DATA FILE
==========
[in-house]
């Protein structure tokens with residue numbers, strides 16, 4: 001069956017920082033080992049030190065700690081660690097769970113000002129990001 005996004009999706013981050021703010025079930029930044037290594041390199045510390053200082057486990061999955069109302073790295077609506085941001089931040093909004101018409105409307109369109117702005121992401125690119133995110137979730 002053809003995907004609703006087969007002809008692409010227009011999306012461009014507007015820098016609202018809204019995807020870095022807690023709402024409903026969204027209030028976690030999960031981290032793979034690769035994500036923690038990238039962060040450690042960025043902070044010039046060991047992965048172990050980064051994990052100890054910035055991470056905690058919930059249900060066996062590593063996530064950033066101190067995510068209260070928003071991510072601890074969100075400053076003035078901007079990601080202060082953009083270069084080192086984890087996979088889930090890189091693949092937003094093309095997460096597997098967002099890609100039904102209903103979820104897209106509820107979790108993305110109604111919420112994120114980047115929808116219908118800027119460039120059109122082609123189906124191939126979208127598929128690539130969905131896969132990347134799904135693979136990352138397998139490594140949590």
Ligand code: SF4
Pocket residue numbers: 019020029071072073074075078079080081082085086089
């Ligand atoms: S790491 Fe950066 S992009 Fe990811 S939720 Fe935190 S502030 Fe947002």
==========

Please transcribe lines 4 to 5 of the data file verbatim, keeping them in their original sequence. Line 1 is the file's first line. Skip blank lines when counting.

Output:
Pocket residue numbers: 019020029071072073074075078079080081082085086089
């Ligand atoms: S790491 Fe950066 S992009 Fe990811 S939720 Fe935190 S502030 Fe947002």